To Fortunatus, My Colleague in the Priesthood, My Lord Most Blessed, and My Brother Beloved with Profound Esteem, and to the Brethren Who are with You, Augustine Sends Greeting in the Lord.
Your Holiness is well acquainted with Faventius, a tenant on the estate of the Paratian forest. He, apprehending some injury or other at the hands of the owner of that estate, took refuge in the church at Hippo, and was there, as fugitives are wont to do, waiting till he could get the matter settled through my mediation. Becoming every day, as often happens, less and less alarmed, and in fact completely off his guard, as if his adversary had desisted from his enmity, he was, when leaving the house of a friend after supper, suddenly carried off by one Florentinus, an officer of the Count, who used in this act of violence a band of armed men sufficient for the purpose. When this was made known to me, and as yet it was unknown by whose orders or by whose hands he had been carried off, though suspicion naturally fell on the man from whose apprehended injury he had claimed the protection of the Church, I at once communicated with the tribune who is in command of the coast-guard. He sent out soldiers, but no one could be found. But in the morning we learned in what house he had passed the night, and also that he had left it after cock-crowing, with the man who had him in custody. I sent also to the place to which it was reported that he had been removed: there the officer above-named was found, but refused to allow the presbyter whom I had sent to have even a sight of his prisoner. On the following day I sent a letter requesting that he should be allowed the privilege which the Emperor appointed in cases such as his, namely, that persons summoned to appear to be tried should in the municipal court be interrogated whether they desired to spend thirty days under adequate surveillance in the town, in order to arrange their affairs, or find funds for the expense of their trial, my expectation being that within that period of time we might perhaps bring his matters to some amicable settlement. Already, however, he had gone farther under charge of the officer Florentinus; but my fear is, lest perchance, if he be brought before the tribunal of the magistrate, he suffer some injustice. For although the integrity of that judge is widely famed as incorruptible, Faventius has for his adversary a man of very great wealth. To secure that money may not prevail in that court, I beg your Holiness, my beloved lord and venerable brother, to have the kindness to give the accompanying letter to the honourable magistrate, a man very much beloved by us, and to read this letter also to him; for I have not thought it necessary to write twice the same statement of the case. I trust that he will delay the hearing of the case, because I do not know whether the man is innocent or guilty. I trust also that he will not overlook the fact that the laws have been violated in his having been suddenly carried off, without being brought, as was enacted by the Emperor, before the municipal court, in order to his being asked whether he wished to accept the benefit of the delay of thirty days, so that in this way we may get the affair settled between him and his adversary.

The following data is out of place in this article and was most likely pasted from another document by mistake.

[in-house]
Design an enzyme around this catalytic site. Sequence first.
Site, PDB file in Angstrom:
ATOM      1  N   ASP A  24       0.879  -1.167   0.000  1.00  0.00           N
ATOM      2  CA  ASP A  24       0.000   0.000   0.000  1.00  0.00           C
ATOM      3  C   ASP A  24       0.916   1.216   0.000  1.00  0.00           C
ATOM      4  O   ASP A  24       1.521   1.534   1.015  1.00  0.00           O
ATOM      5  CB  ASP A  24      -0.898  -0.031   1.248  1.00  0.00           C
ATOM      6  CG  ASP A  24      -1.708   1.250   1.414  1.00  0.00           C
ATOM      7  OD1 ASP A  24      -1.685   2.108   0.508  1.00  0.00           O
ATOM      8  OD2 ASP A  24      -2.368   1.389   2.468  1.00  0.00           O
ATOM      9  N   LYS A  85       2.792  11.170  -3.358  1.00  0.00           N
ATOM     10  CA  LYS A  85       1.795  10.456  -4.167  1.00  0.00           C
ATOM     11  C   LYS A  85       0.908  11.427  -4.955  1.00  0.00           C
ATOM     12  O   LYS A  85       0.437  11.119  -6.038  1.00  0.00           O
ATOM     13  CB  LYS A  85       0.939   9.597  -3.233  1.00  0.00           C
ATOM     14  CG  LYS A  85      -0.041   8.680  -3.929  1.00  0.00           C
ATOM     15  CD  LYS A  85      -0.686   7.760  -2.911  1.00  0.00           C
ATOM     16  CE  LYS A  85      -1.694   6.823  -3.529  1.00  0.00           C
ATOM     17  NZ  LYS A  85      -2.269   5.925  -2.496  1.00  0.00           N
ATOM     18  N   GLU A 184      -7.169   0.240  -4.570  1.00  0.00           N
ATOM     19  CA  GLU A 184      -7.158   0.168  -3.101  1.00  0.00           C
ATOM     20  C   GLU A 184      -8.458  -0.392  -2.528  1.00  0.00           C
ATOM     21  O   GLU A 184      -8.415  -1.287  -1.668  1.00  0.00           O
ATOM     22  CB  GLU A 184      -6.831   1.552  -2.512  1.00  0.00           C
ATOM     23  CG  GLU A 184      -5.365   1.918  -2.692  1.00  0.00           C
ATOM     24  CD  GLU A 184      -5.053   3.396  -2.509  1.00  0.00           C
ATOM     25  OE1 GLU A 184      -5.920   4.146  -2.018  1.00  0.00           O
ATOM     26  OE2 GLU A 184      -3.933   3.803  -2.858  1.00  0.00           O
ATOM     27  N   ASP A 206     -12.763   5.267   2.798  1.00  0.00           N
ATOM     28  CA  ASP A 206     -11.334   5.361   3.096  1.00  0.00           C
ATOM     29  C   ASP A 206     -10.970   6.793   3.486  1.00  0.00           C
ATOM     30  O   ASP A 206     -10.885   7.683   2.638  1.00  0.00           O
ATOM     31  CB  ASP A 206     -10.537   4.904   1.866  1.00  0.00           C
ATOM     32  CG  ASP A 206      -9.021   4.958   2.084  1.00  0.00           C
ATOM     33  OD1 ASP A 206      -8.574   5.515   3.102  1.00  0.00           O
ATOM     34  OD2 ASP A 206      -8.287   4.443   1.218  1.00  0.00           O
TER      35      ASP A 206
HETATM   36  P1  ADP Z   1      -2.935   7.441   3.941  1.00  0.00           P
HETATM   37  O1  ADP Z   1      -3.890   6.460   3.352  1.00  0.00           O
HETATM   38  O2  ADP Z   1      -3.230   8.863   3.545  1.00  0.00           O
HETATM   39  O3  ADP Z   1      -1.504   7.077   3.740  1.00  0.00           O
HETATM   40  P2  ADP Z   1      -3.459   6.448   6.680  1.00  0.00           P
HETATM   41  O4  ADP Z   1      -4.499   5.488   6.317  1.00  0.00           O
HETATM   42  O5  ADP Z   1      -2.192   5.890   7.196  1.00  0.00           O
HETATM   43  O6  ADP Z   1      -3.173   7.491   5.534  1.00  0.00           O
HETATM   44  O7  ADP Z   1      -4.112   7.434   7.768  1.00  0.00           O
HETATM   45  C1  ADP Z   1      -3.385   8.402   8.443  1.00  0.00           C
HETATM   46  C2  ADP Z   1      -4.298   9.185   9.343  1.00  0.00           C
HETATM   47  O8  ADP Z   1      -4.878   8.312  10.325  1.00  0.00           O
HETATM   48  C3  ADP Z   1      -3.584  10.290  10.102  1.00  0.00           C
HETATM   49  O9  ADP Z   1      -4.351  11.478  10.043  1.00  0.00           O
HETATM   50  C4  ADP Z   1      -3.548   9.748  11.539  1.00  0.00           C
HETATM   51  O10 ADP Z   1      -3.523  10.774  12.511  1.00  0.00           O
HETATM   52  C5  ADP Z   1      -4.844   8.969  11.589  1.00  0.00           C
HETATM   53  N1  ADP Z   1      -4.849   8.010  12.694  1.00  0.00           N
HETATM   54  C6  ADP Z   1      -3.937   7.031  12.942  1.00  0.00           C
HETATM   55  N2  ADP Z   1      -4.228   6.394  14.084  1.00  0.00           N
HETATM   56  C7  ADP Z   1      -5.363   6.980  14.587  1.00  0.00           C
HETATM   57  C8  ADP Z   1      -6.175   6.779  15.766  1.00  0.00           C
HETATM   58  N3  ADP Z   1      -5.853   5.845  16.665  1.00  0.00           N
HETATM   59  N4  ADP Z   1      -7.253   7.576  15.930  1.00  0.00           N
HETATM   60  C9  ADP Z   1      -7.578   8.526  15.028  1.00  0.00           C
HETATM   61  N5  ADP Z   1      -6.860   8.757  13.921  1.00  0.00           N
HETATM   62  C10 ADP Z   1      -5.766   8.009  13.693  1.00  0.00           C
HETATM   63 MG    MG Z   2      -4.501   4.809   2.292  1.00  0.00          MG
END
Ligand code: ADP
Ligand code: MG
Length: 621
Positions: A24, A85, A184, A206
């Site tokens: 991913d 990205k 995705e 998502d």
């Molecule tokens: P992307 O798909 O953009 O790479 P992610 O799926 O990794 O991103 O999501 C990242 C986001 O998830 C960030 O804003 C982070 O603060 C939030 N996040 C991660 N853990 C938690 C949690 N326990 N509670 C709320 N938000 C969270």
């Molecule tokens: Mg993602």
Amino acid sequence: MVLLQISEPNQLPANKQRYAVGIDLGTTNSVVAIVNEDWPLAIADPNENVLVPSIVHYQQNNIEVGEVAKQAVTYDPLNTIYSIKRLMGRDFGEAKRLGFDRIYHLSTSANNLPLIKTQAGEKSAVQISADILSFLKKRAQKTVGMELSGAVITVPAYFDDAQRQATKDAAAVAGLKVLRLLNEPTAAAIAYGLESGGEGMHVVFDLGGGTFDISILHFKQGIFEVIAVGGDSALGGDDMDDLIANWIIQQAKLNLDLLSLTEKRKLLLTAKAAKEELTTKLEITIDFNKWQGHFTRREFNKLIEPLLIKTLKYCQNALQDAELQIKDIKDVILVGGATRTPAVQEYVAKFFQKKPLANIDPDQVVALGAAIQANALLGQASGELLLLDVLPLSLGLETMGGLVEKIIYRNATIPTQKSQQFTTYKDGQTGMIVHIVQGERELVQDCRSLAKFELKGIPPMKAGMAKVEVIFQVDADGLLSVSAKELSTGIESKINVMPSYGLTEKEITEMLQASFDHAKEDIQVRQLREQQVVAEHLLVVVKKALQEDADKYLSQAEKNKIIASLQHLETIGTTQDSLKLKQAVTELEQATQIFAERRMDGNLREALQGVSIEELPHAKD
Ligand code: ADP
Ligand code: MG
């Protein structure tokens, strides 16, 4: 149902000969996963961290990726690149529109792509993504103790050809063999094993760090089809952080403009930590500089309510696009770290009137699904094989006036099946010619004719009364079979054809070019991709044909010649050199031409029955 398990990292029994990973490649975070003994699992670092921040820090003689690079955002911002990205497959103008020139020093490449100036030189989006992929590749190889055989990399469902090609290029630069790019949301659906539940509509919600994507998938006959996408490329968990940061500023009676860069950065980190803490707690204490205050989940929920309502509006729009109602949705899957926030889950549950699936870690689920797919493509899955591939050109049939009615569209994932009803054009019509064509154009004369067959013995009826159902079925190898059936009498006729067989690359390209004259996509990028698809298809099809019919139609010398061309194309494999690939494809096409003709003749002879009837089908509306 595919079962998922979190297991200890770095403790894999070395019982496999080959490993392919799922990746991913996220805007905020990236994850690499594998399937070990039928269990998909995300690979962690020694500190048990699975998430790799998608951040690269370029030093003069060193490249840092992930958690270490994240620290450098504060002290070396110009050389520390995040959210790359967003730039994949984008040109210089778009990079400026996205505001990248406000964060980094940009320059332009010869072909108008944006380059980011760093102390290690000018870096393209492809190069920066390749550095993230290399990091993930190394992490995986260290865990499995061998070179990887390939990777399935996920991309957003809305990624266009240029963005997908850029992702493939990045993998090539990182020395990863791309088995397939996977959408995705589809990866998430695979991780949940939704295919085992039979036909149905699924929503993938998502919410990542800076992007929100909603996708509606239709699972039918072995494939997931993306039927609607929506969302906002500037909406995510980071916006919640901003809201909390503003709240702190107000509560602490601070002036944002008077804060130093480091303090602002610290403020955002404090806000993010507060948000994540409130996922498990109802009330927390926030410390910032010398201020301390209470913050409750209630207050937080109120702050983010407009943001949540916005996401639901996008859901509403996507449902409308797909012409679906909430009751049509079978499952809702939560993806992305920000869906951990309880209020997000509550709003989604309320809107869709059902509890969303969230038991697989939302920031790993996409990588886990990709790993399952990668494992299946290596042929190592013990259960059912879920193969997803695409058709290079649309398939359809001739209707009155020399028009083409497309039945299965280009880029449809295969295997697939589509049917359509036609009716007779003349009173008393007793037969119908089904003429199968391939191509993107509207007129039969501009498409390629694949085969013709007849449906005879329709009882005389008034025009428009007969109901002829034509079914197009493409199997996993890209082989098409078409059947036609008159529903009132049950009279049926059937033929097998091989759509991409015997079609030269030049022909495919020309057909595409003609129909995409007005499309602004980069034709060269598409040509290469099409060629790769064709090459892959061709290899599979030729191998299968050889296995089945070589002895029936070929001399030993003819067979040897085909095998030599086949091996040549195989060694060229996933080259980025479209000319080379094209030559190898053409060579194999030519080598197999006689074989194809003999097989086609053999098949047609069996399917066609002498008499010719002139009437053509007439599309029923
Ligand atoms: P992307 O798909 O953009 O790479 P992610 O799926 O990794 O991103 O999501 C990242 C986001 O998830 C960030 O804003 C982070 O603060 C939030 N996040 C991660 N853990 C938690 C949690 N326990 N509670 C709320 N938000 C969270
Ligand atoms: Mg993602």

Source. Translated by J.G. Cunningham. From Nicene and Post-Nicene Fathers, First Series, Vol. 1. Edited by Philip Schaff. (Buffalo, NY: Christian Literature Publishing Co., 1887.) Revised and edited for New Advent by Kevin Knight. <http://www.newadvent.org/fathers/1102115.htm>.
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